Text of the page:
We have enjoyed a few weeks of family time over the holiday break. Much of it has been spent on our favorite family past-time: museums! We have seen the Ashurbanipal exhibit at the British Museum, an excellent (but fairly gruesome) look at the reign of King Ashurbanipal of Assyria (669-631 BC). It is beautifully curated and displayed. This is Leah’s area of specialisation (her degree is in classical Near Eastern studies with a minor in religious studies, and a specialisation in neo-Assyrian art and archeology – how is that for a mouthful?) so it is an obvious choice. His regime combined the brutal and the beautiful, and this unlikely fusion is stunningly displayed.
We then saw the Anni Albers exhibit at the Tate Modern. If you are at all interested in textiles and can possibly get to London this month, this is a must see. (It runs until January 27th; book ahead if you go.) Albers was a student at the famous Bauhaus, where she studied with Paul Klee among others. As the Tate says about the exhibition “Annie Albers combined the ancient craft of hand-weaving with the language of modern art”. This exhibition is a knockout! In addition to her own pieces – absolutely beautiful – her research, and many of the source materials for her seminal book on weaving are part of the exhibition. This is a treasure trove for people interested in weaving techniques from around the world and across the centuries. There is also a collection of correspondence, including letters from Buckminster Fuller, which are fascinating. As a knitter, I was particularly intrigued by her exploration of knots – her knot drawings blew me away. Twenty years ago, we toured the Bauhaus in Dessau with the girls. I have a photo somewhere of Emma hanging halfway through an internal window separating Klee and Kandinsky’s portions of the two-family dwelling they shared at the Bauhaus.
This was followed by half a day spent in the Neues Museem in Berlin. This has been totally renovated since we lived in Berlin and now houses the Egyptian collection, among other things. This musuem is gorgeous! The architecture is fantastic. Even if you had zero interest in the art and antiquities housed there, you could wander and wonder for hours at the building itself. It really surpassed my expectations. They had to kick us out the doors at the end of the day.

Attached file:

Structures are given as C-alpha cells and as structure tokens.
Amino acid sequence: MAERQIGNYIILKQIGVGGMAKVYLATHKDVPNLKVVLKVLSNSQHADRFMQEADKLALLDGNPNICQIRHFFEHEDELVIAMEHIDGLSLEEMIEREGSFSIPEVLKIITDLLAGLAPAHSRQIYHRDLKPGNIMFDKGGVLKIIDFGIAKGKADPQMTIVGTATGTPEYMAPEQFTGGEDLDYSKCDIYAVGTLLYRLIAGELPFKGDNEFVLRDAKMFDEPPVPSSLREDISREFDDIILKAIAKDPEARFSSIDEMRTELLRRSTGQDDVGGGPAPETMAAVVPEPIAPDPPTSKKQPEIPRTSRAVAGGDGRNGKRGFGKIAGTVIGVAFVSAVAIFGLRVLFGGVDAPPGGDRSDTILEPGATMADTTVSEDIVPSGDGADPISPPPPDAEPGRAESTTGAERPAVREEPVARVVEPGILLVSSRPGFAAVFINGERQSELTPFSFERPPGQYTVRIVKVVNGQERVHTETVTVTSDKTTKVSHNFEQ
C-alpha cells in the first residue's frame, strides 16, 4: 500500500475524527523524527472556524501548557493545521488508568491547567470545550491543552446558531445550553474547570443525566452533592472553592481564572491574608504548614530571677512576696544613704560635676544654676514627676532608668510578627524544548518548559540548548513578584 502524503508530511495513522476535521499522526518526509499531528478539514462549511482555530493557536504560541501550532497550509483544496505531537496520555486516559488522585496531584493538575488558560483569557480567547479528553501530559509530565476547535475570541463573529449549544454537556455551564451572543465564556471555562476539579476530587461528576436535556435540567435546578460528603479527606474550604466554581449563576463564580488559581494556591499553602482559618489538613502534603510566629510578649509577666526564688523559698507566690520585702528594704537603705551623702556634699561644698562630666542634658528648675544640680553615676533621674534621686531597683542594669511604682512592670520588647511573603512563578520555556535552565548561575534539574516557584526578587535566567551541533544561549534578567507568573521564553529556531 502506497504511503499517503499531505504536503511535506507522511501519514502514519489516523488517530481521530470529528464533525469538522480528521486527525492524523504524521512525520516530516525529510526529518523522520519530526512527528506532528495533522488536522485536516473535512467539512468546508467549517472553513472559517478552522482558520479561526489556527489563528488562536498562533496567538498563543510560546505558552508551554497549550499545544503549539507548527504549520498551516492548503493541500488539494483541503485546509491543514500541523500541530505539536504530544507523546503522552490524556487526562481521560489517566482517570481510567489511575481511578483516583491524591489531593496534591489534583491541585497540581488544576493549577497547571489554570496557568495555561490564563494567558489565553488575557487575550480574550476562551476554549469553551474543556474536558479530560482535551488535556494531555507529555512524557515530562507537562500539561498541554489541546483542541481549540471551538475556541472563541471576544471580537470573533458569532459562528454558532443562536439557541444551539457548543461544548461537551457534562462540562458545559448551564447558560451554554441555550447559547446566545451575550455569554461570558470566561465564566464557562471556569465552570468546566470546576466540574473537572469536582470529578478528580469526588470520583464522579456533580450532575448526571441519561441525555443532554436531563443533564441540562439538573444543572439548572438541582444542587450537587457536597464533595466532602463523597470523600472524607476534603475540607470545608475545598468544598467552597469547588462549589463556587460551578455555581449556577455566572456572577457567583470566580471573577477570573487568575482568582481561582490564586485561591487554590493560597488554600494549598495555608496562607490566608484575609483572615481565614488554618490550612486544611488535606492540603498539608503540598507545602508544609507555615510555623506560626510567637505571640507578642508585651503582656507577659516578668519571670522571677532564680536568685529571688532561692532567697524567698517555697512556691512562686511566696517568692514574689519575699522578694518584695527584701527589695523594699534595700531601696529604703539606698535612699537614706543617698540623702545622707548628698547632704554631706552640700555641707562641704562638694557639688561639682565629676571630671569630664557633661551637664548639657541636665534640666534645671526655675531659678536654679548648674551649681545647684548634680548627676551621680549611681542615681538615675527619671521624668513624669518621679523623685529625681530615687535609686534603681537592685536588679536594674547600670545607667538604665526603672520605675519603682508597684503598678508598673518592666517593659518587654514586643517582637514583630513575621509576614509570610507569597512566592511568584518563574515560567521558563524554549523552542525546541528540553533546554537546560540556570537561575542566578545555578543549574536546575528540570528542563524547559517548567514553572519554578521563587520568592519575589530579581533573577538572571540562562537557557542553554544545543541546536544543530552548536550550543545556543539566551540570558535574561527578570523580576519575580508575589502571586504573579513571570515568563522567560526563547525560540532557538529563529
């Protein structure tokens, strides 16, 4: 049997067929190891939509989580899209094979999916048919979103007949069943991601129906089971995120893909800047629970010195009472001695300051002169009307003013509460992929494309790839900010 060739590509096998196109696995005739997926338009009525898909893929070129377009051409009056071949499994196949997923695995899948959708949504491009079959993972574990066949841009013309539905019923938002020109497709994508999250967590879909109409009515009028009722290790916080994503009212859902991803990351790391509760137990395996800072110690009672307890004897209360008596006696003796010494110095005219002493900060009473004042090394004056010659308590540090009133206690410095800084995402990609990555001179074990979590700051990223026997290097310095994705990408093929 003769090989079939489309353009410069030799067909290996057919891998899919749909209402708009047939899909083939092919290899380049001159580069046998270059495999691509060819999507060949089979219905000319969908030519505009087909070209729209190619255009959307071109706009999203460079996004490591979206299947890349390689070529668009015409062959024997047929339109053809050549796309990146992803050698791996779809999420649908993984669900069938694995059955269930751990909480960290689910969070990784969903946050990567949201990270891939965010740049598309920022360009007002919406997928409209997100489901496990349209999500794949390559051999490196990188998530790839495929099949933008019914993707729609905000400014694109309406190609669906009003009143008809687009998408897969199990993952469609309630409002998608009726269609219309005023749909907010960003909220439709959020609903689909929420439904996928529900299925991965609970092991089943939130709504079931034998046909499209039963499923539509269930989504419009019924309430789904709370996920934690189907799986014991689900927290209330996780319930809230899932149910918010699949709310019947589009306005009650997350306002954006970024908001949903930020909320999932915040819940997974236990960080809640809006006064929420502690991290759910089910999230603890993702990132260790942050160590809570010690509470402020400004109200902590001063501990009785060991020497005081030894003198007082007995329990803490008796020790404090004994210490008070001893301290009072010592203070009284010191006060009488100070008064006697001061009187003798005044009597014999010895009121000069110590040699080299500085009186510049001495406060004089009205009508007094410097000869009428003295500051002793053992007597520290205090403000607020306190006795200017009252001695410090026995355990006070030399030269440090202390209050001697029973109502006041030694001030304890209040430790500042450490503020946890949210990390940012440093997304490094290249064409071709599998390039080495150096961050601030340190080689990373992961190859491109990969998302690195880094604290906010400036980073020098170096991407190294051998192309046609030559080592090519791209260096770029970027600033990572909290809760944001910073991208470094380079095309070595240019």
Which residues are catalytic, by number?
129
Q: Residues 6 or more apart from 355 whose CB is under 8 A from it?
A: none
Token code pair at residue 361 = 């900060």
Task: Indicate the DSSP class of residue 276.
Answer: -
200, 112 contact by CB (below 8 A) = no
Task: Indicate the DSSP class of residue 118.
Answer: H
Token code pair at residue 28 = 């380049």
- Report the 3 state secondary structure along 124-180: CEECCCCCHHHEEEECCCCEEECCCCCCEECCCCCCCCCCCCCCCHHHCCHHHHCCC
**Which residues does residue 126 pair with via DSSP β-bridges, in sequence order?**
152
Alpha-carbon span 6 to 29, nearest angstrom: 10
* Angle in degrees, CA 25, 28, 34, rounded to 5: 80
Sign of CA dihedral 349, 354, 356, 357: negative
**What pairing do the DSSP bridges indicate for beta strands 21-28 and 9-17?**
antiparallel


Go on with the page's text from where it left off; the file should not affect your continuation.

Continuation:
Finally, we went to the Pergamon, our dear friend and museum of the heart. When we lived in Potsdam/Berlin, we went to the Pergamon at least 40 times. We know each room by heart and it makes up part of the girls’ childhood memories. I would not be surprised if Leah ended up studying Assyriology as a result of a childhood spent in this museem. It was fantastic to see it again. Emma even had a bit of an epiphany in the museum, about her own intellectual pursuits and how our museum-mania contributed to her cross-disciplinary interests. (She has a joint degree in politics and economics with an interest in international security and power dynamics.) Part of the museum is closed for restoration (including the Pergamon altar), but we went to the temporary exhibit on Pergamon: Das Panorama, a 360 degree panorama of the ancient city of Pergamon by the artist Yadegar Asisi. Oh my, is this fabulous! Absolutely fantastic! Go and see it if you can.
For textile fans (this is, after all, a knitting blog) the Pergamon also has one of the best collections of ancient carpets. At the moment they have a lovely multi-disciplinary exhibit called Sound Weaving 7.0 – Pergamon edition; The sound of carpets by the Hungarian artist Zsanett Szirmay. She has basically broken down the patterns in the carpets into tonal sequences and melodies, which can be listened to. Read the description on the link; it is a beautiful exhibit and an arresting idea.
What else did we do over the holidays? We meandered. We walked all over the place – inside and out. Through miles of musem corridors, through London, Potsdam, Berlin, and the Oxfordshire countryside. We also cooked, we ate, we read piles of books, and I did a mile of stockinette knitting. I am almost finished with the boring part of the pullover and then will knit the very beautifully-patterned yoke. (Stay tuned for photos!)
Happy New Year to everyone! I hope you spent some time pursuing your passions, be they museums or otherwise.